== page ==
Health officials reveal the biggest mistake you can make after getting Covid-19 vaccine

Prashasti Awasthi Updated on January 21, 2021
A healthcare worker reacts as she receives a dose of COVISHIELD at a health centre in Jetalpur on the outskirts of Ahmedabad, India, January 16 | Photo Credit: AMIT DAVE

Resuming lives as they were before Covid-19 right after getting the vaccination can be a risky move, they say

Public health officials revealed that the biggest mistake one can make after receiving the first Covid-19 vaccine shot is immediately going back to socialising.

Advertising
Advertising

The health officials, quoted in The Guardian report, stated that resuming lives as they were before Covid-19 right after getting the vaccination can be a risky move.

David Halpern, Ph.D., chair of the UK government’s Behavioural Insights Team, told British Parliament: “We definitely do worry that people feel that, the second they have got that vaccination, they are good to go. People feel, as soon as they have got that vaccination: ‘Fantastic, I’m going to be able to go out’.”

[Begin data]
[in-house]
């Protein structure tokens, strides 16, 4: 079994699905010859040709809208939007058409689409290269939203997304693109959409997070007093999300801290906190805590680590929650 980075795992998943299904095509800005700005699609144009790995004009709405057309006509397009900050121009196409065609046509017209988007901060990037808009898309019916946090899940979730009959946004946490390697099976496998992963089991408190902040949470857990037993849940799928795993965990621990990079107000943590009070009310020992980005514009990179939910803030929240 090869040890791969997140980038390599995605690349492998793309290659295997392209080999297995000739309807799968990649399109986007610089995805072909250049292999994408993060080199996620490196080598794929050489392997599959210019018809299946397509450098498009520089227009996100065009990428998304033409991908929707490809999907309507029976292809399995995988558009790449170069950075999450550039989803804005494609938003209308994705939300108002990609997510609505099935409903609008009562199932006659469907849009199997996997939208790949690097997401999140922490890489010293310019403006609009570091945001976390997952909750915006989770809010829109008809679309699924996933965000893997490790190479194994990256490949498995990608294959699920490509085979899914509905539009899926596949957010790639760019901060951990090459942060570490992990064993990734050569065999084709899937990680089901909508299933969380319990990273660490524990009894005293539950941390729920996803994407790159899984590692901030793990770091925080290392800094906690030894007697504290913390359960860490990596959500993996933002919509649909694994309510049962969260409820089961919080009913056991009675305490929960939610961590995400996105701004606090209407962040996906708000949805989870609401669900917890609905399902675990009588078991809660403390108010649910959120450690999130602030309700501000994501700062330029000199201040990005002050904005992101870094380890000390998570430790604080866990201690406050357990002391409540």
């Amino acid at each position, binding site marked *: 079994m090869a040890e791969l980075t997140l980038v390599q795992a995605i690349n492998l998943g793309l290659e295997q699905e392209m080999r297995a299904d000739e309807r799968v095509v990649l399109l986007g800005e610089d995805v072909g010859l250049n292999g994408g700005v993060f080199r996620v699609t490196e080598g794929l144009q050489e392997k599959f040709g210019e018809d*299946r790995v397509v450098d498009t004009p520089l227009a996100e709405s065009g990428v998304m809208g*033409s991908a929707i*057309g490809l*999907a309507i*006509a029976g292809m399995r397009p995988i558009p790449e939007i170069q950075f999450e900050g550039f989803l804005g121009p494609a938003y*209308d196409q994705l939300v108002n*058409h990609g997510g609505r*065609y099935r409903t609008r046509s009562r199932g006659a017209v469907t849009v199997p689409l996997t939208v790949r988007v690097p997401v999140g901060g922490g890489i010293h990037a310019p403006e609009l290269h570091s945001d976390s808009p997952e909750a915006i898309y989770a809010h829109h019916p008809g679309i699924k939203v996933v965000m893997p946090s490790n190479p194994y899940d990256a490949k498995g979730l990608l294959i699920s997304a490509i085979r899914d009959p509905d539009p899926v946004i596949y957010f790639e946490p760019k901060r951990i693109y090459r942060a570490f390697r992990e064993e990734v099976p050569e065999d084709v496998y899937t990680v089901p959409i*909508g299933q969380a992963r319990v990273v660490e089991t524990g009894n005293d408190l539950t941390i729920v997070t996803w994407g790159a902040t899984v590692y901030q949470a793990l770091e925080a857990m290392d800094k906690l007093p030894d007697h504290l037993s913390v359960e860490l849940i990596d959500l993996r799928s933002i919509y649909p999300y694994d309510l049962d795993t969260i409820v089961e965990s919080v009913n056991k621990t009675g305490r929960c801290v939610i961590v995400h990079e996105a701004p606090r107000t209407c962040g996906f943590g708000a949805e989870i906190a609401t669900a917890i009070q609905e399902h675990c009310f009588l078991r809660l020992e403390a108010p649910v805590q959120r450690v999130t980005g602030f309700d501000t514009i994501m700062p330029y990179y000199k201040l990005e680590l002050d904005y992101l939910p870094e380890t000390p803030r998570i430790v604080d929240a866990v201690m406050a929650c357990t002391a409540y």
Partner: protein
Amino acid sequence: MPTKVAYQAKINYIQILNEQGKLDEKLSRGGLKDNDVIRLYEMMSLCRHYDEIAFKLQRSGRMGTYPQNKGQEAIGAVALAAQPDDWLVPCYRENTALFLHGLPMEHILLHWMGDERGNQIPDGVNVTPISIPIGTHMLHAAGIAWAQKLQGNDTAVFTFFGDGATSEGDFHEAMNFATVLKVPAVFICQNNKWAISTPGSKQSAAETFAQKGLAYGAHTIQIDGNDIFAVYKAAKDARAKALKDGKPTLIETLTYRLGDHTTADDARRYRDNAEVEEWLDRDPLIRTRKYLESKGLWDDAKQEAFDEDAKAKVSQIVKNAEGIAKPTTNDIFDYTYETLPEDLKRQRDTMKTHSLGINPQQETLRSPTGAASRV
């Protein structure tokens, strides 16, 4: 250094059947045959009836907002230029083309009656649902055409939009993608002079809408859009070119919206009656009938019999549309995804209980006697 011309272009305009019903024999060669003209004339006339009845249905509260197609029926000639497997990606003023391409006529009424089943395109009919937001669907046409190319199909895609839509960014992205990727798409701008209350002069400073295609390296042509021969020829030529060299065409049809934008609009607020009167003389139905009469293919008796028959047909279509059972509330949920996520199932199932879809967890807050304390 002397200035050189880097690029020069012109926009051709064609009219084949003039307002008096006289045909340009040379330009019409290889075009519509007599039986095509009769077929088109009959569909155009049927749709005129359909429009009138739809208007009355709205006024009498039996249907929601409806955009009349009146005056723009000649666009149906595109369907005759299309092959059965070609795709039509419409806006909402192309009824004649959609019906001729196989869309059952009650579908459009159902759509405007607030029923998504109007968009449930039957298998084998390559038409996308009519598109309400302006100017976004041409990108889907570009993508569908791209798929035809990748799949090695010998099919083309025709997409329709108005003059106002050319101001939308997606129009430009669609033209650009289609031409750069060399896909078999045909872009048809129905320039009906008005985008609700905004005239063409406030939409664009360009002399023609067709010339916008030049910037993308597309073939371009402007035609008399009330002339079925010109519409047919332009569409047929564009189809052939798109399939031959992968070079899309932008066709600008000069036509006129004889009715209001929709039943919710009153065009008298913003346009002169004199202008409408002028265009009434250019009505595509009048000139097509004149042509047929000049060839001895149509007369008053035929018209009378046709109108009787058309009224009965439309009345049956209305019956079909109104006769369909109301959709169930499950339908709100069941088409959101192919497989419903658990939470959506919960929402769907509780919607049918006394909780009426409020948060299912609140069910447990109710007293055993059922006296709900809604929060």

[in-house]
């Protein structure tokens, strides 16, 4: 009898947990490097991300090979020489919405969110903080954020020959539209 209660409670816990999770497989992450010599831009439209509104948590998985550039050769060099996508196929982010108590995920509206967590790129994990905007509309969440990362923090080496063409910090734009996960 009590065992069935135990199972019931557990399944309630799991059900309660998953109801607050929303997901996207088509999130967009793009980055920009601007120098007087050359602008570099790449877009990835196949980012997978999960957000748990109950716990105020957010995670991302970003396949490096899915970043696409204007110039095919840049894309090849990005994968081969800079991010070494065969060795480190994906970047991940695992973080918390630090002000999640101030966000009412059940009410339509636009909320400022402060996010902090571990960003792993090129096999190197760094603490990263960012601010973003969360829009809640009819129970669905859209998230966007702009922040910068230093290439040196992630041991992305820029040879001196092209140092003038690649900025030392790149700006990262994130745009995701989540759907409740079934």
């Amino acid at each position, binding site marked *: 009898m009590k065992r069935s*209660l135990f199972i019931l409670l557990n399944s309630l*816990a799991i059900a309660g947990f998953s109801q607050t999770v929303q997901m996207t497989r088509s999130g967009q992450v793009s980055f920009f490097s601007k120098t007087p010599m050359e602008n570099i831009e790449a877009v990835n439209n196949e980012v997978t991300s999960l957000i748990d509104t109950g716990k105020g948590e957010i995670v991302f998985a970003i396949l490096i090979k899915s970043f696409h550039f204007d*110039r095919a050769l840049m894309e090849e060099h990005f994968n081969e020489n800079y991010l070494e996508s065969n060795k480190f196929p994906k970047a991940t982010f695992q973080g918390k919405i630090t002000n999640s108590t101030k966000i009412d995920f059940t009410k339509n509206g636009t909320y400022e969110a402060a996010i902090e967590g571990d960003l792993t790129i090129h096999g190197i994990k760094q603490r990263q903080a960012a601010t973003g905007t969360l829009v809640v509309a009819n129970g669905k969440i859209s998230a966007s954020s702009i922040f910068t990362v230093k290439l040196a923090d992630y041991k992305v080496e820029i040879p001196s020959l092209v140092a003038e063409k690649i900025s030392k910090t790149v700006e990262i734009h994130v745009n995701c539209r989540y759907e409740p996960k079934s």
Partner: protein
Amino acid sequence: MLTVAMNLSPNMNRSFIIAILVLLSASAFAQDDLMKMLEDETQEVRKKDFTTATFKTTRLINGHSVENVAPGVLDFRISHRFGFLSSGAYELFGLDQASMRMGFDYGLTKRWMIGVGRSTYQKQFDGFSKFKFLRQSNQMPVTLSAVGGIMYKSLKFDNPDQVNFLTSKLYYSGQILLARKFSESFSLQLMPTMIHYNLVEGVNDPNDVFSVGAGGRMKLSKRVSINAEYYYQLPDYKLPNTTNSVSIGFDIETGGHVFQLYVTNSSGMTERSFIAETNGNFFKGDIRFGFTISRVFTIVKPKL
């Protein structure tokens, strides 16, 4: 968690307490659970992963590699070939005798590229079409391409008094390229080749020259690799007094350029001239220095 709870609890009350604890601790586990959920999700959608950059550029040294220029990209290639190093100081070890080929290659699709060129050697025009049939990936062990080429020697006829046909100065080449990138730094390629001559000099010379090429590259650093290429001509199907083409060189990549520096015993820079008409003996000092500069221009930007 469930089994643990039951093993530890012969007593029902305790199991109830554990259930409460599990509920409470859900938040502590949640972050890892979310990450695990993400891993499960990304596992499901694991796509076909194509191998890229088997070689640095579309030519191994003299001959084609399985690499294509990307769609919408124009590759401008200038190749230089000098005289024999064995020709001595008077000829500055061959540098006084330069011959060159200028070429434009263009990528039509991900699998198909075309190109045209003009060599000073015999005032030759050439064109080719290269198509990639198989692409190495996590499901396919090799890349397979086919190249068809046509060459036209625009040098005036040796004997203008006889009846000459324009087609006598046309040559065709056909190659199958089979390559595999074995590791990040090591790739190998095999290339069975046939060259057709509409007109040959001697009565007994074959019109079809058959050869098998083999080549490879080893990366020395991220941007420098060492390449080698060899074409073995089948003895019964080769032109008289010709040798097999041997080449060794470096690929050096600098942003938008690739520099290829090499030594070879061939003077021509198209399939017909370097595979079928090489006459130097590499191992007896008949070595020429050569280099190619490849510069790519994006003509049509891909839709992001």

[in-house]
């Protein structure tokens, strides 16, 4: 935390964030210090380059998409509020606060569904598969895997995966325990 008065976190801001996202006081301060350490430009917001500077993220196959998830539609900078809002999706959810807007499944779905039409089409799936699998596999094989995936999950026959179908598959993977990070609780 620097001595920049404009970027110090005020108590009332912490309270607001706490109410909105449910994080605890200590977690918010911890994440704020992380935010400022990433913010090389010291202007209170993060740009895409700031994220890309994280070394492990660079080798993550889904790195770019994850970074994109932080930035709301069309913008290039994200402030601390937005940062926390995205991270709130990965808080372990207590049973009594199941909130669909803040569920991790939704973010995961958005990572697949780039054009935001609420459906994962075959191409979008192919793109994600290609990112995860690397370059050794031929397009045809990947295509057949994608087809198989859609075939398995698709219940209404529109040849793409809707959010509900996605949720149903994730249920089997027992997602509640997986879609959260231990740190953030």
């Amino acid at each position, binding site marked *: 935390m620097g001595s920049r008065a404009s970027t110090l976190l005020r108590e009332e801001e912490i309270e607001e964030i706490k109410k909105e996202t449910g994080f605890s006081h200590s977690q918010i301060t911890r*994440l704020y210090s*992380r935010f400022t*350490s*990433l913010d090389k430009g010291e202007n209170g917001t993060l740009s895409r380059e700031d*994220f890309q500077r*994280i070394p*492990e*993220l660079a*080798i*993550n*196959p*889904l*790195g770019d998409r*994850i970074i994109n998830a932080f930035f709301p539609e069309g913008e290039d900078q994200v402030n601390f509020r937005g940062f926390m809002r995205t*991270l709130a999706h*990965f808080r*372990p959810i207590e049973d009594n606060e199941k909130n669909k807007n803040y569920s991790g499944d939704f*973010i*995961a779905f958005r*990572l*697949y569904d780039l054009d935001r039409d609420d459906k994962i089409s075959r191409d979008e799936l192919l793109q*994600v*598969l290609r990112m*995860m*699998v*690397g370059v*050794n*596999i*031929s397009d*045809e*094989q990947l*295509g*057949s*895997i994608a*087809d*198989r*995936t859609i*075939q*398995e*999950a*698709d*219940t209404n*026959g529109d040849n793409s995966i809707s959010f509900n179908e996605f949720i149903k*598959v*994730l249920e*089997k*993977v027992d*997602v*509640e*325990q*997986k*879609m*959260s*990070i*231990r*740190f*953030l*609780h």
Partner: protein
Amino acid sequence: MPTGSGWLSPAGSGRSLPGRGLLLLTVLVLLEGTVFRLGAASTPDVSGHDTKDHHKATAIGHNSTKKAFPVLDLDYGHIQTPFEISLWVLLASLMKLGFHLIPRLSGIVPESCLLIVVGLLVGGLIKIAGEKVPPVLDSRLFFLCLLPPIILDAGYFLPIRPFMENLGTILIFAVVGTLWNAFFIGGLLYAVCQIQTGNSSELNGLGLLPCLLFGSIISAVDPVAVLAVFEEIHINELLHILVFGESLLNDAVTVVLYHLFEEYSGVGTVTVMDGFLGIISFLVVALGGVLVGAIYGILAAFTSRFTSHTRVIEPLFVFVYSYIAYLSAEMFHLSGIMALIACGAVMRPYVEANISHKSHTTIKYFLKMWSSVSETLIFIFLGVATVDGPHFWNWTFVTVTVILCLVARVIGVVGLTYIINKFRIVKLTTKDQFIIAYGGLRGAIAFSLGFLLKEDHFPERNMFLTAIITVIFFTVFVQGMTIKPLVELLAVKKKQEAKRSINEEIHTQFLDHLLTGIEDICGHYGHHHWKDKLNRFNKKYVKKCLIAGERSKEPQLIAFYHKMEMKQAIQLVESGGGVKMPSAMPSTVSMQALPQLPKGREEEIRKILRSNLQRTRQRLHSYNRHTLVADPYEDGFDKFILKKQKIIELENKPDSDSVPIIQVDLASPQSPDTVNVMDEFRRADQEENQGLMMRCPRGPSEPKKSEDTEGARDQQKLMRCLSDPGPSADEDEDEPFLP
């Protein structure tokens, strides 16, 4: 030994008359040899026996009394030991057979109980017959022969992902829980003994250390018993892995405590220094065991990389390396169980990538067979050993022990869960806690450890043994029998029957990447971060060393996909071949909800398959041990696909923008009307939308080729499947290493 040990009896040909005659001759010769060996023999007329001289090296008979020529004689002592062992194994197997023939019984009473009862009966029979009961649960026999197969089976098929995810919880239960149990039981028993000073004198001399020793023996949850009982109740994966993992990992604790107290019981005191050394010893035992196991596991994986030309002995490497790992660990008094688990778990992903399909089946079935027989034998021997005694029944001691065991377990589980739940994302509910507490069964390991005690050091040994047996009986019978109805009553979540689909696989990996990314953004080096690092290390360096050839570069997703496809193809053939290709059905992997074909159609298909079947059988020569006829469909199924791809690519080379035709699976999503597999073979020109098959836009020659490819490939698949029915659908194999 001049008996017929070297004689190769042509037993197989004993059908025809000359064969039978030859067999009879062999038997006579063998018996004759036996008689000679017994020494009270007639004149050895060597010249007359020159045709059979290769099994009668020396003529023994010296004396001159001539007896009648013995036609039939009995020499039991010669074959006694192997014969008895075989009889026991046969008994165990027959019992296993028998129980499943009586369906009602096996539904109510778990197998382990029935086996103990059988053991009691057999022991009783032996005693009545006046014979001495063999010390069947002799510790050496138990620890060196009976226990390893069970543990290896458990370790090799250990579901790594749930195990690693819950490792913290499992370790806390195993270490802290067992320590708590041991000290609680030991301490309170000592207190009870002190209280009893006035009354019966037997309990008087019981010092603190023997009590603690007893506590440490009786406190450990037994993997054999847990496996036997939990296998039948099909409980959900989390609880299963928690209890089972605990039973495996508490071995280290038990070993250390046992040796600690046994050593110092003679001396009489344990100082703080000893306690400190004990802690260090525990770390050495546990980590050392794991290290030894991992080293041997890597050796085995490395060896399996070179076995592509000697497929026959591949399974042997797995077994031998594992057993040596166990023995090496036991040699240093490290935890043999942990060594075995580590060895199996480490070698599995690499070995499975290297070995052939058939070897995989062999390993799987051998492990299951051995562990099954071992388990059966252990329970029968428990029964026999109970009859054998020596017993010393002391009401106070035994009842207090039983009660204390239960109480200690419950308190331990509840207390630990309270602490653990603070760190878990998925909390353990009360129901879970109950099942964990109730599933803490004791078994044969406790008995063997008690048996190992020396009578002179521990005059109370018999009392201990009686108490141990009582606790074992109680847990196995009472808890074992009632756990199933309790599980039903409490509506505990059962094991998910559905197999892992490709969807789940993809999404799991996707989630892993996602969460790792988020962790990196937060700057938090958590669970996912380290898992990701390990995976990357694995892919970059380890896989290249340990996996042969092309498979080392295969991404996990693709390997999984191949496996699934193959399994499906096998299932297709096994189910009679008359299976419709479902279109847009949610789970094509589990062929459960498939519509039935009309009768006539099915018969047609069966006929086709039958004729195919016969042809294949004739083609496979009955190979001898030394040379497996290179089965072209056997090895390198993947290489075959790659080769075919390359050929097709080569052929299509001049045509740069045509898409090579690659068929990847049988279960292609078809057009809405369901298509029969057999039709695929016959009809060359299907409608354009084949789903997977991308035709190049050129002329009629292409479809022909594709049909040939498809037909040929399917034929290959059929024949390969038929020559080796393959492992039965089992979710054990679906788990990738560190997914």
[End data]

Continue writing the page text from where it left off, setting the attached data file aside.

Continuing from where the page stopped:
Also read:India is no leader in vaccine research

The Centers for Disease Control and Prevention (CDC) has also stressed that the full protection against the virus will only be achieved after the administration of the second dose of the vaccine.

The second dose is set to be administered three to four weeks after the first dose. CDC revealed that it may take up to 12 to 14 days for the vaccines to yield results.

Stephen Reicher, PhD, from the Scientific Pandemic Insights Group, told The Guardian: “Some people think the effect of the vaccine is absolutely immediate. Some people believe that you can’t transmit the disease—and there is a lack of clarity on that from the medical community.”

Watch | SII, Bharat Biotech issue Covid-19 vaccine factsheet

Researchers believe that the timeline for returning to “normal life” will depend mostly on how much of the population is vaccinated.

During an interview with CNBC in December, Anthony Fauci, MD, stated that in order to achieve herd immunity, “You would need somewhere between 70, 75, maybe 80 percent of the population vaccinated. [That’s] the number that I’ve been using again, it’s an estimate. You can make an extrapolation from other infections,” as per media reports.

Published on January 21, 2021
Read more...